To Make A Move North, Burger King Eyes Buying A Canadian Icon

The fast-food restaurant operator Burger King has announced that it's in talks to buy Tim Horton's, a Canadian chain of restaurants. The acquisition would likely herald the move of Burger King's headquarters to Canada, in an attempted tax inversion.

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Burger King is the latest big American company looking at relocating its headquarters outside the United States. The home of the whopper is in talks to merge with the Ontario-based donut chain Tim Horton's and create a new food company in Canada. This kind of business move is called an inversion. It would reduce Burger King's U.S. tax bill considerably. NPR's Jim Zarroli has more on why BK is looking north.

JIM ZARROLI, BYLINE: Named for an ice hockey player, Tim Horton's is an iconic Canadian company. It opened 50 years ago selling coffee and doughnuts. But since then, its menu has expanded considerably. Joel Baum is a professor of management at the University of Toronto.

JOEL BAUM: The drive-through's - they line up around the buildings to get their Timmy's, as it's known. And they are prolific here.

ZARROLI: Over the years Tim Horton's has tried to expand into the United States without great success. A merger with Burger King could finally give the company a real foothold in the U.S. market.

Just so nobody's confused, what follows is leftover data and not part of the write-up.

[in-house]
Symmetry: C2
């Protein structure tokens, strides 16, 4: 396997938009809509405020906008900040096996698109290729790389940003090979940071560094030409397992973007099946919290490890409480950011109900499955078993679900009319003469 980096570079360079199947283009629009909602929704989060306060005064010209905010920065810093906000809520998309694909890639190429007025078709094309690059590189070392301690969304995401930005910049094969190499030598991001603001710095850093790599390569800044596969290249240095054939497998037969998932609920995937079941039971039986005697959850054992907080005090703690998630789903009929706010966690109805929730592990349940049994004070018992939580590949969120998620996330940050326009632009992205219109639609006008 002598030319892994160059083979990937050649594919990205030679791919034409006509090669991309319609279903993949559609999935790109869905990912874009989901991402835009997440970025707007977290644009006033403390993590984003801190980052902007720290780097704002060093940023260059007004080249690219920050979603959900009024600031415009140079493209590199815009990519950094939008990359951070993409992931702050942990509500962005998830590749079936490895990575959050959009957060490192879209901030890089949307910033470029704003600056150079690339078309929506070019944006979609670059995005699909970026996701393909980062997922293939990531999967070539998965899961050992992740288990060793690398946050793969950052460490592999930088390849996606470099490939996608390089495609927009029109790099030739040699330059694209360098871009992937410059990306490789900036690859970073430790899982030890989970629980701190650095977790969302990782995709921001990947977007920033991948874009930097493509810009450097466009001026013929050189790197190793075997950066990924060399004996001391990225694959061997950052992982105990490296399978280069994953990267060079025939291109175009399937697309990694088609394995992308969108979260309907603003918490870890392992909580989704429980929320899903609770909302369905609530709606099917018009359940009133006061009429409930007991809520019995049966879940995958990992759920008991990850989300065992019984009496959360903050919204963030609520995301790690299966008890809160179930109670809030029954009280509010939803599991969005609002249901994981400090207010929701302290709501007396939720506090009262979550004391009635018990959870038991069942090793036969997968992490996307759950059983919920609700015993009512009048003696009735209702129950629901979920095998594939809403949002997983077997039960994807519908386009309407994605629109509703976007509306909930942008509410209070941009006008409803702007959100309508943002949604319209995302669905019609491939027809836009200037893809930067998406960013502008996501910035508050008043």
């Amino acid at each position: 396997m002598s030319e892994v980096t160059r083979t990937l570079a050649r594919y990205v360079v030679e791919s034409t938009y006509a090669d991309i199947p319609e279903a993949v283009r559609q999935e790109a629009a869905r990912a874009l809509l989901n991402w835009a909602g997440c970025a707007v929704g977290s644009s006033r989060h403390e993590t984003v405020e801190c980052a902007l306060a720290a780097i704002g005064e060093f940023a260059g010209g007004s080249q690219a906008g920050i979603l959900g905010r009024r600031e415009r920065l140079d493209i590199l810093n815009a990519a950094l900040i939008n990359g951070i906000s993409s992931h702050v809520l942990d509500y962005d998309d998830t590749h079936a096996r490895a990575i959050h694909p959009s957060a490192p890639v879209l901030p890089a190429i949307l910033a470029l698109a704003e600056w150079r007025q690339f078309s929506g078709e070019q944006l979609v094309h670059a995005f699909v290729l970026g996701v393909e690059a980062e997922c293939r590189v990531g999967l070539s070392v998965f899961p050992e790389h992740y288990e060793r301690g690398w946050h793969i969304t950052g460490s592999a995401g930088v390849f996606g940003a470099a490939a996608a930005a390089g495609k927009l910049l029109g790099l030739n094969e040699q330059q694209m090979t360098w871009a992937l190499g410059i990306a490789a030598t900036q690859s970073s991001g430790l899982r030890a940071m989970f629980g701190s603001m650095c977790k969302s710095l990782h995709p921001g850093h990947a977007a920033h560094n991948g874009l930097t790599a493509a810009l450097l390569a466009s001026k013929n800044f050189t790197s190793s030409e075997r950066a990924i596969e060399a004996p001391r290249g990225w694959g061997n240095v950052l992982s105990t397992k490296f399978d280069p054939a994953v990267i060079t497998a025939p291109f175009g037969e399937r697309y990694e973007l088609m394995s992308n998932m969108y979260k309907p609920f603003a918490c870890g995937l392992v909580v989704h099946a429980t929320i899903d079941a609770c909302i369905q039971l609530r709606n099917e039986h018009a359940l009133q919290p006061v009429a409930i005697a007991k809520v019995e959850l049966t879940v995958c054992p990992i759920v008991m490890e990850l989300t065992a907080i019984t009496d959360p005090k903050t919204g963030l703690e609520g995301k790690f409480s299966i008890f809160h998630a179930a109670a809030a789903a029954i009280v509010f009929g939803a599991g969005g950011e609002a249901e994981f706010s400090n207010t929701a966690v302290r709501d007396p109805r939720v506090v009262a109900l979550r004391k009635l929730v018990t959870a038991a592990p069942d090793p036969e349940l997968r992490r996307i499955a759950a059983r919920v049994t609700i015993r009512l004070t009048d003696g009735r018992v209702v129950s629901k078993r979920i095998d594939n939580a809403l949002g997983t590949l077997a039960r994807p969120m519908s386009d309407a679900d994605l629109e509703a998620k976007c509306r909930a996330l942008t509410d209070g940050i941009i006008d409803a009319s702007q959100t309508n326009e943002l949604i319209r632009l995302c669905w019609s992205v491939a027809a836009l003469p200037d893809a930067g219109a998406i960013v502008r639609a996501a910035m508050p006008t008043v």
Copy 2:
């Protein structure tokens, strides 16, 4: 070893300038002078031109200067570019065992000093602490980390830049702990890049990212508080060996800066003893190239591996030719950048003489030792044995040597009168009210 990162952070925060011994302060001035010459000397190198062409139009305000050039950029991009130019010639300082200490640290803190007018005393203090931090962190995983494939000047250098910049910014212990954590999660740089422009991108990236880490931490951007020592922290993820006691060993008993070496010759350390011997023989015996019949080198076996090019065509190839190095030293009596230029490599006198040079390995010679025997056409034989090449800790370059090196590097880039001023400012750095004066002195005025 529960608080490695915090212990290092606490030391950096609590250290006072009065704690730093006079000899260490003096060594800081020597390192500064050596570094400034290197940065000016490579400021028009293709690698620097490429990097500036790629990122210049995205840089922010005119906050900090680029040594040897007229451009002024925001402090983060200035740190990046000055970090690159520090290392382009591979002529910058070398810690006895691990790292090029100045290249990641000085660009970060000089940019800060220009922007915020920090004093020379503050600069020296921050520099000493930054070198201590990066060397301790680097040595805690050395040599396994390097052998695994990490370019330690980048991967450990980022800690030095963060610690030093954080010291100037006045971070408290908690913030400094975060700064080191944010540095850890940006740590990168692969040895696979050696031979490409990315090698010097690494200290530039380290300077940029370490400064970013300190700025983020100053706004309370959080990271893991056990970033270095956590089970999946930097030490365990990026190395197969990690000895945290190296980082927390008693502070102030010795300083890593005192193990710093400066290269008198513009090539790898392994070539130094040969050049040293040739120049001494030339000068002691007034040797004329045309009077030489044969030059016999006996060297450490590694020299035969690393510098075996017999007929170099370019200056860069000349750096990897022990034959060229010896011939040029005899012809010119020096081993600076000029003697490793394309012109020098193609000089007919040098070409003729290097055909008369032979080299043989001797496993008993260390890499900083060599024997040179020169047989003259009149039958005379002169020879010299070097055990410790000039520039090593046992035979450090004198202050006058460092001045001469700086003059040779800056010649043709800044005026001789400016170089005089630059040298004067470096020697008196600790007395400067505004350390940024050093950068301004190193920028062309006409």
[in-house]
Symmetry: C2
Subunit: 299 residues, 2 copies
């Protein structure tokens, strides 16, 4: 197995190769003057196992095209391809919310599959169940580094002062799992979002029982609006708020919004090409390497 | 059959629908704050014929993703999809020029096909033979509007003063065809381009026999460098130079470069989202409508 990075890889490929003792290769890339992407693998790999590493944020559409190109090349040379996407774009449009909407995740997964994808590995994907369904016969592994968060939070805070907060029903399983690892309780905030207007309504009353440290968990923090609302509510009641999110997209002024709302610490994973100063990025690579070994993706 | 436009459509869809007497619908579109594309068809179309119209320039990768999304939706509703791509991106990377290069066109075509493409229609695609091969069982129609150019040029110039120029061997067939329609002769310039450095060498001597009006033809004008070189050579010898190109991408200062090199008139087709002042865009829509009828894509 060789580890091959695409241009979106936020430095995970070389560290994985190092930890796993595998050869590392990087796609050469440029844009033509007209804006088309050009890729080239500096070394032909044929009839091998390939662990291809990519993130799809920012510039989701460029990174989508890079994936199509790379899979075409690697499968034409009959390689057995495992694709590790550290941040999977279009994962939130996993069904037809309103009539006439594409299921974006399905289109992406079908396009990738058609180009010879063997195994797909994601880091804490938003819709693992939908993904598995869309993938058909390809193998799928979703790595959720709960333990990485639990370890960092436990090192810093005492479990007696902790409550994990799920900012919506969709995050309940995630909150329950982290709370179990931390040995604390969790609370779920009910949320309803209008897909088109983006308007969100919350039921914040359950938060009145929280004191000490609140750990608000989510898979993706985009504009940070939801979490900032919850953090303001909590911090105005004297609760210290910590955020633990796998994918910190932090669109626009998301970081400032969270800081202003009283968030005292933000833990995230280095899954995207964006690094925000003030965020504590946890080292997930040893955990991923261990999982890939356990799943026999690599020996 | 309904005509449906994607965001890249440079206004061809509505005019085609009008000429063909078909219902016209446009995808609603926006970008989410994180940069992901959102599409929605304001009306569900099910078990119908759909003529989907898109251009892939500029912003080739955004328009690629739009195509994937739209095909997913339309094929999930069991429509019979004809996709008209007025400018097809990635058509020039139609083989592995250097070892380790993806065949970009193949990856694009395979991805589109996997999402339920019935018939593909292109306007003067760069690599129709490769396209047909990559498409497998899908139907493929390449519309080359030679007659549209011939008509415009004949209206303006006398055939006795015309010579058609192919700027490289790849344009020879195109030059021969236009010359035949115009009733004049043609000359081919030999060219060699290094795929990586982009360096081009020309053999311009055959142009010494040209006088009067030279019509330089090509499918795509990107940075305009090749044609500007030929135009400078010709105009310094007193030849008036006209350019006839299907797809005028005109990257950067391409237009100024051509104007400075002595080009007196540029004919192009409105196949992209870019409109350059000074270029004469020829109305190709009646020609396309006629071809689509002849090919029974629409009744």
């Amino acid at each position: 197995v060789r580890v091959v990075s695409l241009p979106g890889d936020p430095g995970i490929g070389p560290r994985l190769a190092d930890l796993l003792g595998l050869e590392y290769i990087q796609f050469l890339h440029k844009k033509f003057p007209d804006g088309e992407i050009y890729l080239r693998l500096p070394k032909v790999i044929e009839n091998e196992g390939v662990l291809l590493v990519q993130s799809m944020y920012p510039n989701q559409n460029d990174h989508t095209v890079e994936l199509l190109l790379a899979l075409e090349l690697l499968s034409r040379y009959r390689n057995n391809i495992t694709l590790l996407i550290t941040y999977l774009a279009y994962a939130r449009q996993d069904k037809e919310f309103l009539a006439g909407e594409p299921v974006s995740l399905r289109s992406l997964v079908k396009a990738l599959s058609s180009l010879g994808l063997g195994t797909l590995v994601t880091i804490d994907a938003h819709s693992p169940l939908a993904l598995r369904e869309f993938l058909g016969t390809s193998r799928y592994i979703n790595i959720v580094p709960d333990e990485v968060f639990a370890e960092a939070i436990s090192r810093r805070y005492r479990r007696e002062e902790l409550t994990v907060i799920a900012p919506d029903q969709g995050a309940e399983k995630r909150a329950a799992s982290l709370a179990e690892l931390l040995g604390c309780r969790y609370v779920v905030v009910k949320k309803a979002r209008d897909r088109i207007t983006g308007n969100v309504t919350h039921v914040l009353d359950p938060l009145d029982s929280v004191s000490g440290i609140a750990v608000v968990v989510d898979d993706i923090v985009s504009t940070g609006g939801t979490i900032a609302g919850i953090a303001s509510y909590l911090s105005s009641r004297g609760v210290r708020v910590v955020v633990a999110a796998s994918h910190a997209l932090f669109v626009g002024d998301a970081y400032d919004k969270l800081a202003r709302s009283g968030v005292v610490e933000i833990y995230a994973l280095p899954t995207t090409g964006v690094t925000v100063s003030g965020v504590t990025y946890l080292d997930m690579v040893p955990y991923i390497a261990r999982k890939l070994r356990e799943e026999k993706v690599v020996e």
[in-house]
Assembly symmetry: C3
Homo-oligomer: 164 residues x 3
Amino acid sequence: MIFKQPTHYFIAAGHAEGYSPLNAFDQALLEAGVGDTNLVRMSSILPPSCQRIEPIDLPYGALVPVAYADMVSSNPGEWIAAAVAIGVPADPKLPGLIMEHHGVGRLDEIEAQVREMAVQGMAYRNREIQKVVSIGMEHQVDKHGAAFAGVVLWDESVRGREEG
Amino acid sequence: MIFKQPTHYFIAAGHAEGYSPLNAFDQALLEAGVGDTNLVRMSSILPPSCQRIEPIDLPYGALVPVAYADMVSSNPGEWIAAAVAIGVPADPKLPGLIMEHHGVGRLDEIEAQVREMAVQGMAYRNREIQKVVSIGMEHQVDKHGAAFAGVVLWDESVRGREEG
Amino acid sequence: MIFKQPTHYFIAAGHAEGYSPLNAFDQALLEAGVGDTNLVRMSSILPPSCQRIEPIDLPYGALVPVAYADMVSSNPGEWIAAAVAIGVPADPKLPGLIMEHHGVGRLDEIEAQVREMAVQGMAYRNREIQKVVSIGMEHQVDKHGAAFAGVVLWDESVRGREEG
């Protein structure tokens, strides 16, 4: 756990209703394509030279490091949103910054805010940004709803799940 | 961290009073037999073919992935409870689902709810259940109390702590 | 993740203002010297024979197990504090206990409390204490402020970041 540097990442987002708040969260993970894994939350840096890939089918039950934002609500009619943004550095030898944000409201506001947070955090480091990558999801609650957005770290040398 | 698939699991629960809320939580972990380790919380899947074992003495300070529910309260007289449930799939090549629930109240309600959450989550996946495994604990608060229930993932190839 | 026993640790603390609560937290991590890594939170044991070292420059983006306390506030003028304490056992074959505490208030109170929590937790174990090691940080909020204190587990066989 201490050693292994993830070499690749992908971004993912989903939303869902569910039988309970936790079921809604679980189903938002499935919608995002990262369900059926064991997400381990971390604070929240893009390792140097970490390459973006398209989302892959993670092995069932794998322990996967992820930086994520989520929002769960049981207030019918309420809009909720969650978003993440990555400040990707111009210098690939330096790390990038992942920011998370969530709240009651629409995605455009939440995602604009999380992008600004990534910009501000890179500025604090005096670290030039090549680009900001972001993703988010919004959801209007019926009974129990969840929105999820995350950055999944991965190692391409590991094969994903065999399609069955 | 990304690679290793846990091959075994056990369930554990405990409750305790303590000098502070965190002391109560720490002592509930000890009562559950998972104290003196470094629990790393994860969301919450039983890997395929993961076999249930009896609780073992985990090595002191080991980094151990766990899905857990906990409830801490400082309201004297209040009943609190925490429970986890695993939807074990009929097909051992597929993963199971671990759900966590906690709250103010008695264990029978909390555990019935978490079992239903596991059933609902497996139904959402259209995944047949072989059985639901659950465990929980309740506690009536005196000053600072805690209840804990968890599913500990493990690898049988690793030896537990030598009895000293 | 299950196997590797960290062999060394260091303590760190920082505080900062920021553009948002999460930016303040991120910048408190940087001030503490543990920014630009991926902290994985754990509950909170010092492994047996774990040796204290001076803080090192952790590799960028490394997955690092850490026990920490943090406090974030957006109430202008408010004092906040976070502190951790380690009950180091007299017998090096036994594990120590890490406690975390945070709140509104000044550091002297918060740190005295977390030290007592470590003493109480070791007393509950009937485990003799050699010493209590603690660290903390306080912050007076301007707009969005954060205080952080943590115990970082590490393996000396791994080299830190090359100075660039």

And Baum says joining the two companies together might produce a lot of business synergies. For instance, Tim Horton's could begin selling its coffee in Burger King.

BAUM: A lot of these places now with multiple brands are trying to create efficiencies in distribution and retail scope and so forth by pairing them.

ZARROLI: And not incidentally, the deal would also sharply cut Burger King's tax bill. By merging with Tim Horton's and moving its headquarters to Canada, Burger King would no longer have to pay the high U.S. tax rate on overseas earnings. And Lee Sheppard, contributing editor of Tax Notes, says the new Canadian-based company can cut its taxes in other ways. For instance, she says, it can lend money to its U.S. subsidiary.

LEE SHEPPARD: And that interest is deductible. And that interest is so huge - that amount of it is so huge that you can wash out your U.S.-taxable income.

ZARROLI: Inversions like this have become more and more popular with U.S. corporations, and Canada has become a more attractive destination for inversions as its conservative government has been cutting corporate taxes. But inversions have also become controversial in the U.S., and the Obama administration is searching for ways to rein them in.

Sheppard points out that Walgreens backed out of an inversion deal with a Swiss company because of concern about a possible public backlash. And she says a famous American company like Burger King will have to weigh whether the money it saves in taxes is worth the damage to it's reputation.

SHEPPARD: The board has to consider - well, you know, we're a highly visible company in a consumer-products business, and maybe we - you know, maybe we should think twice about doing this, especially in light of the Walgreens thing.

ZARROLI: For now, it's not even clear the deal will get that far. Burger King issued a statement yesterday confirming talks with Tim Horton's, but stressed that the deal could still fall through. Investors, however, seem to like the merger idea, and shares of both companies were sharply higher today. Jim Zarroli, NPR News, New York.

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